Category: 11) How Much Is Too Much New Media For The NetGen?

Chapter Summary

This chapter offers a case study of a pilot Writing with Multimedia course offered at Stanford University in 2003. The pilot course was part of a curriculum development effort by the program in writing and rhetoric to fulfill a new university writing requirement, incorporating oral and multimedia presentation of research into a second-year writing course. The author compares and contrasts students’ orientation to new media in the classroom across the decade from the mid-1990s to the mid-2000s, motivated by the question, “How did yesterday’s cool uses of technology become today’s busy work?” The author argues that students, not teachers, are the early adopters now; new media is not ‘new’ to the “digital natives” of the Net Generation, but rather the water in which it swims. In this situation, it is still possible and desirable to engage students critically in their new media practices and performances, but instructors need to rethink the way they integrate new media into the curriculum so as to better leverage NetGen tendencies and proclivities.

Richard Holeton



Richard Holeton is the director of academic computing services at Stanford University. He authors fiction, electronic literature, and nonfiction, including college textbooks. In addition, he frequently presents at academic conferences. He has 24 years in higher education which includes 12 years as a college writing professor using collaborative, constructivist pedagogies. He has expertise with student learning communities and learning spaces, and he is the co-leader of EDUCAUSE Learning Space Design Constituent Group.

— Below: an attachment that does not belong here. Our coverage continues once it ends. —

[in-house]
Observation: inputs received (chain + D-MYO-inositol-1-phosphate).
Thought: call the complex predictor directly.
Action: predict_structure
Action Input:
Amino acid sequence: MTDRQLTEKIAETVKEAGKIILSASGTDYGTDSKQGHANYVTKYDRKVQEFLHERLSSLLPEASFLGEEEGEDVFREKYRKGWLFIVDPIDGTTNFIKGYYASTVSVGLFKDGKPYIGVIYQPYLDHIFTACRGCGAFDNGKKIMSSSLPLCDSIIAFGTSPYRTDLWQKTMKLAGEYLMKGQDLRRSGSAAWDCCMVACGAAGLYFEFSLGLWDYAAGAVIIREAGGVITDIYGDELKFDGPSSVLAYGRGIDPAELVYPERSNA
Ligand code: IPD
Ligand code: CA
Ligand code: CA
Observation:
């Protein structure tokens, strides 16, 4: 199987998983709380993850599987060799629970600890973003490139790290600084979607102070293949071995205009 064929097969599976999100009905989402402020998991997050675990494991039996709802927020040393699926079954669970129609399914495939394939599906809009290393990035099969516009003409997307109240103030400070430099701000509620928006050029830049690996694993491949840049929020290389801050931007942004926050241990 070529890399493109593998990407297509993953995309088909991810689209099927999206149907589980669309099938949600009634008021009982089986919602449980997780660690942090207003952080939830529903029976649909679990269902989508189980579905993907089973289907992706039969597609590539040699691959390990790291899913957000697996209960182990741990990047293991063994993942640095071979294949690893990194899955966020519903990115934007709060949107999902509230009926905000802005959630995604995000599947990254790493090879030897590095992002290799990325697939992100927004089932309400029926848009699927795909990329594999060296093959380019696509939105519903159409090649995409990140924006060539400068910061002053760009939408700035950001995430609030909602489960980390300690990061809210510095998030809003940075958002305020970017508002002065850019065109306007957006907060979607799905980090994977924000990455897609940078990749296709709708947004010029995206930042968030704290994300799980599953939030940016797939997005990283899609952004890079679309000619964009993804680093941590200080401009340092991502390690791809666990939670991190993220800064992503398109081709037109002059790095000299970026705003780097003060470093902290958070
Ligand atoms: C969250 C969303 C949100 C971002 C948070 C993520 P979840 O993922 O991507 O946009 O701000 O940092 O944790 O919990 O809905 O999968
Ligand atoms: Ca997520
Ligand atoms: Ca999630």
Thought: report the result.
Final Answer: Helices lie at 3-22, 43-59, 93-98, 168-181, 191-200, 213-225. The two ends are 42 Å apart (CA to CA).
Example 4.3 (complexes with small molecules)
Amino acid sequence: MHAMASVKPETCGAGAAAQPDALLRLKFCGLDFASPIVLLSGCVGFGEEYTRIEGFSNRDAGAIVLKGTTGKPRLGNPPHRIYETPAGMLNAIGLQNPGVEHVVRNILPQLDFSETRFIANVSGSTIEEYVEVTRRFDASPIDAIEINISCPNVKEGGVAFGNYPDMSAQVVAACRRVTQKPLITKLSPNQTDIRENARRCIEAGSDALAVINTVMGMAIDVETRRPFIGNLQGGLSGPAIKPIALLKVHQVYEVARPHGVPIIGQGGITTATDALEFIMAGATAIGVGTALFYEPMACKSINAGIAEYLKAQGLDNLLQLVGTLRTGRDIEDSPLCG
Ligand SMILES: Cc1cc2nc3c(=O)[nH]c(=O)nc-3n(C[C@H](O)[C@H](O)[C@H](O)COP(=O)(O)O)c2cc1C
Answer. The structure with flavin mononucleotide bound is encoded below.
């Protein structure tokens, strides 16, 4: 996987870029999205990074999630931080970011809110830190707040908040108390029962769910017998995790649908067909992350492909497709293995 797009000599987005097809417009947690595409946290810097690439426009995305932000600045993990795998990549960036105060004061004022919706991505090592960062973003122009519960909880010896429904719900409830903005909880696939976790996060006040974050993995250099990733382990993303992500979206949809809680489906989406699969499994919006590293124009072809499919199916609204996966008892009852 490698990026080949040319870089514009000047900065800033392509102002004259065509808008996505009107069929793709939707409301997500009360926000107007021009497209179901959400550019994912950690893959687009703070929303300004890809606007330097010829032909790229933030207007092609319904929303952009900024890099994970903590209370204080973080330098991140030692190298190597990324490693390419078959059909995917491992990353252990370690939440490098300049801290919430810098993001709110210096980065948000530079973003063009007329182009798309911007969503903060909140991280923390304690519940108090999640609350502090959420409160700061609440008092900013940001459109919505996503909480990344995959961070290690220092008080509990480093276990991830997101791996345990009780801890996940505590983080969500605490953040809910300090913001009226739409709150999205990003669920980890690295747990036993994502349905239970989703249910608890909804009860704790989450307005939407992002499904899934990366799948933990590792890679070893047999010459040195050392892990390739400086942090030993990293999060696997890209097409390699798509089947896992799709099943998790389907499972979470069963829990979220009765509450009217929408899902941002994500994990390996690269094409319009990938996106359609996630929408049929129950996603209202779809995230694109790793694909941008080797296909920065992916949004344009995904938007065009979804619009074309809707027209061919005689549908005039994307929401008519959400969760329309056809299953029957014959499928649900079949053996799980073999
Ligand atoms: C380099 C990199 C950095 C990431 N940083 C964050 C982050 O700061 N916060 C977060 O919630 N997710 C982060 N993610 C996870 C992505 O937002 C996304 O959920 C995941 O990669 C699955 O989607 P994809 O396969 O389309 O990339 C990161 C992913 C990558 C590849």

Andersen, Albert, & Samagh, Sonia. (2003). Stanford university residence dorms: Virtual and real-space community. Retrieved November 15, 2007, from

Aufderheide, Patricia. (Ed.). (1993). Media literacy: A report of the national leadership conference on media literacy. Aspen, CO: Aspen Institute.

Boyd, danah. (2007). Research on social network sites. Retrieved November 15, 2007, from

[The] Brothers Chaps. (2009). HomestarRunner. Retrieved February 24, 2009, from

Carbone, Nick. (2005, June 3). Re: FW: June/July issue of Innovate. Message posted to Techrhet listserv, archived (subscribers only) at

Cheung, Allen; Chu, Eric; Marquez, Juan; & Nachbaur, Abraham. (2003). The mercury project for instant messaging studies. Retrieved November 15, 2007, from

Christ, William G., & Potter, W. James. (1998). Media literacy, media education, and the academy. Journal of Communication, 48, 5–15.

EDUCAUSE Learning Initiative. (2006). Net generation learners. Retrieved November 15, 2007, from

Facebook. (2009). Press Room: Statistics. Retrieved February 24, 2009, from

Fox, Susannah, & Madden, Mary. (2006, January 22). Generations online. Pew Internet and American life project. Retrieved November 15, 2007, from

Frand, Jason L. (2000). The information-age mindset: Changes in students and implications for higher education. EDUCAUSE Review, 35(5), 15–24.

Gonick, Lev S. (2006). New media and learning in the 21st Century. EDUCAUSE Review, 41(1), 68–69.

Holeton, Richard. (1997). The semi-virtual composition classroom: A model for techno-amphibians. The technology source. Retrieved November 15, 2007, from

Holeton, Richard. (2003). rhetorics. Retrieved November 15, 2007, from

Howe, Neil, & Strauss, William. (2003). Millennials go to college: Strategies for a new generation on campus. Washington, DC: American Association of College Registrars.

Huffaker, David A., & Calvert, Sandra L. (2005). Gender, identity, and language use in teenage blogs. Journal of Computer-Mediated Communication, 10(2). Retrieved November 15, 2007, from